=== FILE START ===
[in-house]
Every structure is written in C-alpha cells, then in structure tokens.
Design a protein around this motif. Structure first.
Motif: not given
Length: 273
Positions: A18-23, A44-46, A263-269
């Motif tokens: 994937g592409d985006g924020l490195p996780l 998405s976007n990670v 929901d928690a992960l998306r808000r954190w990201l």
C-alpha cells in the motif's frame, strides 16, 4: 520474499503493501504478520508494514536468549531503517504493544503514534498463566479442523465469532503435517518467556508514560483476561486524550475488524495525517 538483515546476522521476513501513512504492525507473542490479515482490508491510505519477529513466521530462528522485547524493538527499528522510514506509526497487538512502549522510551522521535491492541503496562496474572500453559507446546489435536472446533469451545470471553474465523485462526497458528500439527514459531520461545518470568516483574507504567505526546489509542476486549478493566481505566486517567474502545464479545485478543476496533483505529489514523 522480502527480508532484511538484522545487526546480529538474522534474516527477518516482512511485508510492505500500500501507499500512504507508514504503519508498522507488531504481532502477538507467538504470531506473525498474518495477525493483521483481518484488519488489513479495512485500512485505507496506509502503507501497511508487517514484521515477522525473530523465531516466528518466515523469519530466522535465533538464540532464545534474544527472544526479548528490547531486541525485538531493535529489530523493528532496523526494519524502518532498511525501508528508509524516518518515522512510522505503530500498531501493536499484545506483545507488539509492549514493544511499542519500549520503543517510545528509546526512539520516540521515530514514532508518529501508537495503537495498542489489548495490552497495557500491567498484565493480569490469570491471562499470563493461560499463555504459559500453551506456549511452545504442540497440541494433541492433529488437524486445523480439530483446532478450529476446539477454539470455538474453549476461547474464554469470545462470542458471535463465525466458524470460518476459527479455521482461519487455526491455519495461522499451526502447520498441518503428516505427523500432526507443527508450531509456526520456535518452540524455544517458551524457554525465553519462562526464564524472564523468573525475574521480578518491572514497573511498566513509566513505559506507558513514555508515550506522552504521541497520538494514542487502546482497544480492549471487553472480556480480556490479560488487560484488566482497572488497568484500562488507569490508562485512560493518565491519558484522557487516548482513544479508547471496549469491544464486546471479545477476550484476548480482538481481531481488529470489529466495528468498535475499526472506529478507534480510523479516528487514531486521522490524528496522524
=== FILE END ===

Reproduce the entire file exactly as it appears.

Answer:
[in-house]
Every structure is written in C-alpha cells, then in structure tokens.
Design a protein around this motif. Structure first.
Motif: not given
Length: 273
Positions: A18-23, A44-46, A263-269
């Motif tokens: 994937g592409d985006g924020l490195p996780l 998405s976007n990670v 929901d928690a992960l998306r808000r954190w990201l």
C-alpha cells in the motif's frame, strides 16, 4: 520474499503493501504478520508494514536468549531503517504493544503514534498463566479442523465469532503435517518467556508514560483476561486524550475488524495525517 538483515546476522521476513501513512504492525507473542490479515482490508491510505519477529513466521530462528522485547524493538527499528522510514506509526497487538512502549522510551522521535491492541503496562496474572500453559507446546489435536472446533469451545470471553474465523485462526497458528500439527514459531520461545518470568516483574507504567505526546489509542476486549478493566481505566486517567474502545464479545485478543476496533483505529489514523 522480502527480508532484511538484522545487526546480529538474522534474516527477518516482512511485508510492505500500500501507499500512504507508514504503519508498522507488531504481532502477538507467538504470531506473525498474518495477525493483521483481518484488519488489513479495512485500512485505507496506509502503507501497511508487517514484521515477522525473530523465531516466528518466515523469519530466522535465533538464540532464545534474544527472544526479548528490547531486541525485538531493535529489530523493528532496523526494519524502518532498511525501508528508509524516518518515522512510522505503530500498531501493536499484545506483545507488539509492549514493544511499542519500549520503543517510545528509546526512539520516540521515530514514532508518529501508537495503537495498542489489548495490552497495557500491567498484565493480569490469570491471562499470563493461560499463555504459559500453551506456549511452545504442540497440541494433541492433529488437524486445523480439530483446532478450529476446539477454539470455538474453549476461547474464554469470545462470542458471535463465525466458524470460518476459527479455521482461519487455526491455519495461522499451526502447520498441518503428516505427523500432526507443527508450531509456526520456535518452540524455544517458551524457554525465553519462562526464564524472564523468573525475574521480578518491572514497573511498566513509566513505559506507558513514555508515550506522552504521541497520538494514542487502546482497544480492549471487553472480556480480556490479560488487560484488566482497572488497568484500562488507569490508562485512560493518565491519558484522557487516548482513544479508547471496549469491544464486546471479545477476550484476548480482538481481531481488529470489529466495528468498535475499526472506529478507534480510523479516528487514531486521522490524528496522524